Prof Wadhwa said:
He cites Anna Lee Saxenian, a University of California, Berkeley professor, who understood the importance of people, culture, and connections. Her 1994 book 'Regional Advantage: Culture and Competition in Silicon Valley' compared the evolution of Silicon Valley with that of Route 128 - - the ring around Boston - - to explain why no region has been able to replicate the California success story - - with the exception of Israel in the interval.
Wadhwa says more than half of Silicon Valley's innovators are foreign-born and it also helps that Silicon Valley has excellent weather, is close to mountains and the ocean, and has a myriad of state-park hiking trails -- these help foster a culture of optimism, openness, tolerance, and sharing.
In Russia, the Skolkovo Innovation Center outside Moscow is the latest project to aspire to copy Silicon Valley and $10bn is being invested by 2020 to do better than the last attempt. It is the brainchild of Viktor Vekselberg, an oligarch said to be worth $17bn,
According to the San José Mercury News, in 1959, Nikita Khrushchev, Soviet Union leader, visited IBM's San José's Cottle Road plant to see "a typical American plant in action," as Thomas Watson Jr., IBM president, told those assembled. "We have hundreds of such people," Watson told Khrushchev, who wanted to talk to production people, "average Americans in an average American company."
In the early 1960s, the communists began constructing their Silicon Valley in a place called Zelenograd - - apparently with the help of American spies.
The Economist says that the latest version of Silicon Valley at nearly 400 hectares, is twice the size of London’s Olympic Park. It will boast a research university with 1,800 students, 40 corporate research and development (R&D) centres and a “Technopark” housing up to 1,000 start-ups.
Conor Lenihan, former Irish minister of innovation, is an adviser to the project and presumably, he doesn't welcome the prospect of economic sanctions following the annexation of Crimea.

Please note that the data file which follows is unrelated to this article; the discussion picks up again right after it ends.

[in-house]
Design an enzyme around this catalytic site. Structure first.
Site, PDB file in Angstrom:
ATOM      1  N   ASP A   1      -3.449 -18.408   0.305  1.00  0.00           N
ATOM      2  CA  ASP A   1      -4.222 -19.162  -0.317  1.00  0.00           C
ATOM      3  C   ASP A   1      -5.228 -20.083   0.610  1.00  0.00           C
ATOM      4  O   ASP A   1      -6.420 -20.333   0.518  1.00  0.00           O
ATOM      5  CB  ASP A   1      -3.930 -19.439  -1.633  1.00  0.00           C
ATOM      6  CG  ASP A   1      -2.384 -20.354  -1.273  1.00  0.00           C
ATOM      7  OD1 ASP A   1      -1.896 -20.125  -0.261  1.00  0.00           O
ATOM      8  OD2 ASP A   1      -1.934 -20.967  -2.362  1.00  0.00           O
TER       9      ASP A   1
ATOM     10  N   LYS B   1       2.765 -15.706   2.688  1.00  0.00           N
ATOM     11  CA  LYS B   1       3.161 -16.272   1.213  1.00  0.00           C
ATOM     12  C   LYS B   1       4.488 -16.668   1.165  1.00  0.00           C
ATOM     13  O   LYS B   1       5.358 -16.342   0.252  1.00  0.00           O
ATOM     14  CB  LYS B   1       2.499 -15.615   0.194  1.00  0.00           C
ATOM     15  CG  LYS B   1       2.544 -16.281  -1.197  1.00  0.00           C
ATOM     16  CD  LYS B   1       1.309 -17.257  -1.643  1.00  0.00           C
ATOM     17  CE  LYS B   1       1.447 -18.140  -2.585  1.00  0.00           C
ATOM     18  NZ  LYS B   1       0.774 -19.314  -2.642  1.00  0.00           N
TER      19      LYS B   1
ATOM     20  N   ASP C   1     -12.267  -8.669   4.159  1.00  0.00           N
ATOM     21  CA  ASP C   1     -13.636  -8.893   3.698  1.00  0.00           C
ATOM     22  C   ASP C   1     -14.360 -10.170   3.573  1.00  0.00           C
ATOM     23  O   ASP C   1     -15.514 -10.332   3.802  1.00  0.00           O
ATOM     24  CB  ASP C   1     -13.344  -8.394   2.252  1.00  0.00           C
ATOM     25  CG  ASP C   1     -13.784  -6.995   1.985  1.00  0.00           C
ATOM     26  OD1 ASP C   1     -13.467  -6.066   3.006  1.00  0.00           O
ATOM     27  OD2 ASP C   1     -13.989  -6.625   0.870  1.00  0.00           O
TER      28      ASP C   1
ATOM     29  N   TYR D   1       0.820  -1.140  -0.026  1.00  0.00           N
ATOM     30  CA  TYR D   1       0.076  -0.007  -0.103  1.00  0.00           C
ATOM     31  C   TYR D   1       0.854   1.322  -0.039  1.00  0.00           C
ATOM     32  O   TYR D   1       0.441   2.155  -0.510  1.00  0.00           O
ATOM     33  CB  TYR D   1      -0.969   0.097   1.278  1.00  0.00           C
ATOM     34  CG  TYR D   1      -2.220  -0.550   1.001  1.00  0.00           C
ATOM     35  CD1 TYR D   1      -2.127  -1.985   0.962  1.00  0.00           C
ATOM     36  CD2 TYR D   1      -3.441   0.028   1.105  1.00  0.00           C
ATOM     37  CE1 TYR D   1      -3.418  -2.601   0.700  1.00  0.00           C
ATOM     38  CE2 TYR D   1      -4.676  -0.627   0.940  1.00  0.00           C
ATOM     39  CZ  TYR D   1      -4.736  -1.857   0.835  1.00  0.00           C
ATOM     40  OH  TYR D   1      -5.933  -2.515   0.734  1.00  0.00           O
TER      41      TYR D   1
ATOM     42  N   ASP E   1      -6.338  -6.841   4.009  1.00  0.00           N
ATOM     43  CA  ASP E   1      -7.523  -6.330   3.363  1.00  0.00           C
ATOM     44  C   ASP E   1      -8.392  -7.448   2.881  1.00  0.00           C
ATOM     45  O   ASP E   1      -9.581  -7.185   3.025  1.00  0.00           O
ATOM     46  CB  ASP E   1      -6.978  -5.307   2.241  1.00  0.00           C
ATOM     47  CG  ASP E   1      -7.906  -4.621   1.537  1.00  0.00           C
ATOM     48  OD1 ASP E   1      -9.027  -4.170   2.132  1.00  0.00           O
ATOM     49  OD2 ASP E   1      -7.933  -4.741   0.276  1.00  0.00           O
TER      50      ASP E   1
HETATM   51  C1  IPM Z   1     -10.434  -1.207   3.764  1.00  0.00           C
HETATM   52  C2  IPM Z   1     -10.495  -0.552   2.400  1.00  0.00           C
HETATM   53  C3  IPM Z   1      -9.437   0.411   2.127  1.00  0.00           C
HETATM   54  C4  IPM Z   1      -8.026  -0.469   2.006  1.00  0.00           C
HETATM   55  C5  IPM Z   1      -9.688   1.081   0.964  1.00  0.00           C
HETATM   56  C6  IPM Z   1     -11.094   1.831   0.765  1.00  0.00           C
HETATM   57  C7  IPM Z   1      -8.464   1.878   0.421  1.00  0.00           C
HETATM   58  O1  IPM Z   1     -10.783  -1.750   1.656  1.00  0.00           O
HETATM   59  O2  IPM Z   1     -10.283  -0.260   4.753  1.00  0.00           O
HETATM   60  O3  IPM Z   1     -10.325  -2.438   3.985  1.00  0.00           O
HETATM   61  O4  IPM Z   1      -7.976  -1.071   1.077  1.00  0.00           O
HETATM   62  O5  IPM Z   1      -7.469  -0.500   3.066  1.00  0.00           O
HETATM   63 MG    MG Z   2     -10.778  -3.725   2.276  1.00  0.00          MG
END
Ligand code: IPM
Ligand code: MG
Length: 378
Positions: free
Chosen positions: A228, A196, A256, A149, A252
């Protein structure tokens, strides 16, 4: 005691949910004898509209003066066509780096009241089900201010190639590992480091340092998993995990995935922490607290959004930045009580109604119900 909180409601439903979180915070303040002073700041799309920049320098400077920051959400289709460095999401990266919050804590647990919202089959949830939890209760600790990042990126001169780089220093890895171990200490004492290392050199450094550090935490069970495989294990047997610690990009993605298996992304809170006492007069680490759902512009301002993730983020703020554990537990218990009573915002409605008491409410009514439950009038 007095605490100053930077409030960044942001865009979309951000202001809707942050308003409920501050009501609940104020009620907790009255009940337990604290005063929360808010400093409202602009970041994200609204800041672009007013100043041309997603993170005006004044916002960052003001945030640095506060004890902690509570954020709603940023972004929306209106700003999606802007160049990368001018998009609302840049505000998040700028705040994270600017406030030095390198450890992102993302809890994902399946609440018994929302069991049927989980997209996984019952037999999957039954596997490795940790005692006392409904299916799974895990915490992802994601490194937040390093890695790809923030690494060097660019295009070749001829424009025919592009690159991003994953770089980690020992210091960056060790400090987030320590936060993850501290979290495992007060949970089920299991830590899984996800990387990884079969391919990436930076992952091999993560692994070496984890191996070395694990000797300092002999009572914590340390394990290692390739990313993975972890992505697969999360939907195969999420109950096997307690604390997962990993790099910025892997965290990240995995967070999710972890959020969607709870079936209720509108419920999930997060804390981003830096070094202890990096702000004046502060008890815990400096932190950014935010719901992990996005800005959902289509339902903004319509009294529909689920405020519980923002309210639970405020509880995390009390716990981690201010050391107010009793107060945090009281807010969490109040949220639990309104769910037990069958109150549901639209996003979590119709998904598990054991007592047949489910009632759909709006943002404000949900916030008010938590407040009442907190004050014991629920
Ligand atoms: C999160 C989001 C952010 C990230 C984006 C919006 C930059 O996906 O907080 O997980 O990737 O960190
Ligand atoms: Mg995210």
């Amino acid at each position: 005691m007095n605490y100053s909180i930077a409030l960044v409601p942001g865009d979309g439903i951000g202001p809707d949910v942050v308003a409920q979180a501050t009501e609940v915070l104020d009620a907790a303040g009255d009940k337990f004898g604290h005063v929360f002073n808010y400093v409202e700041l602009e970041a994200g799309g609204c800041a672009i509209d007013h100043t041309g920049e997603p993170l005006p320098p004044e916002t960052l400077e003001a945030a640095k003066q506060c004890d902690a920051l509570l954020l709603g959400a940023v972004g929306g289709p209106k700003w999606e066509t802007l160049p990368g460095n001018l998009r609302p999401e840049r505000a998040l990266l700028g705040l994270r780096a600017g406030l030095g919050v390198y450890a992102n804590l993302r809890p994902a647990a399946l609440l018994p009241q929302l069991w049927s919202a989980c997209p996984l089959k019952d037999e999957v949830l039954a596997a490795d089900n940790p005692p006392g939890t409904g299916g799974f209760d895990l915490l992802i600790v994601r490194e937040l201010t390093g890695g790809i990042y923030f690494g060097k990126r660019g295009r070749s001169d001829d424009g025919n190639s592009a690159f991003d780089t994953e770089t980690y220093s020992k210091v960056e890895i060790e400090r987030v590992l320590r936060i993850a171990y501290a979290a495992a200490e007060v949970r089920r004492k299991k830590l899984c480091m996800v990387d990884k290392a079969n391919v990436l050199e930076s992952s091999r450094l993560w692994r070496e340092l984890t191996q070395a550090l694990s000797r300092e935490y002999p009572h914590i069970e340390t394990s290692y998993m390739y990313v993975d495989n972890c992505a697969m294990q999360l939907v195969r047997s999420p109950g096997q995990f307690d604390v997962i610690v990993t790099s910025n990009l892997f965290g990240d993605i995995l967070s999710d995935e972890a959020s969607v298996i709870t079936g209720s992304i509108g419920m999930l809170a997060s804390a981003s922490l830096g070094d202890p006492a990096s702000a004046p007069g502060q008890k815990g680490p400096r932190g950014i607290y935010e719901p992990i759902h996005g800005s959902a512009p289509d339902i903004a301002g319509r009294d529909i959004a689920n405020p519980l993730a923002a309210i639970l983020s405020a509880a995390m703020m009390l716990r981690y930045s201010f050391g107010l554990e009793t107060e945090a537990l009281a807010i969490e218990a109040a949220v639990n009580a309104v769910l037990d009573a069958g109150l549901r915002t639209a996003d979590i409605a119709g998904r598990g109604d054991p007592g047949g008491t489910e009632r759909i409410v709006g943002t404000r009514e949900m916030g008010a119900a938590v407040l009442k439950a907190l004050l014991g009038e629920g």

"I personally was leading a team of people that raised in the last three years $1.2bn worth of investment - - that's R&D investment by major companies like Intel, IBM, Microsoft, Honeywell, Samsung, EADS, Boeing and other companies," says Lenihan. Around 30 'majors' have committed to the project, along with 1,000 start-ups - - "all hungry Russian companies with high growth potential," he says according to an Irish Independent report.
However, apart from Crimea, the challenges are evident in a culture where President Putin's enforcers arrive in wartime gear at firms that are not regime insiders.
"I was sitting there for a meeting with a senior executive from Intel – and I saw these guys with flak jackets walking through the corridors very swiftly and decisively," Lenihan said in respect of a meeting with an executive from Intel, the American chip giant. "The Intel executive asked me 'What's happening, Conor?' I told him it was either a fire drill - - or an FSB raid. It was the latter."
The deck is already stacked against the prospects of a Russian Silicon Valley without Kremlin harassment and now economic sanctions.
More to come in Part 2....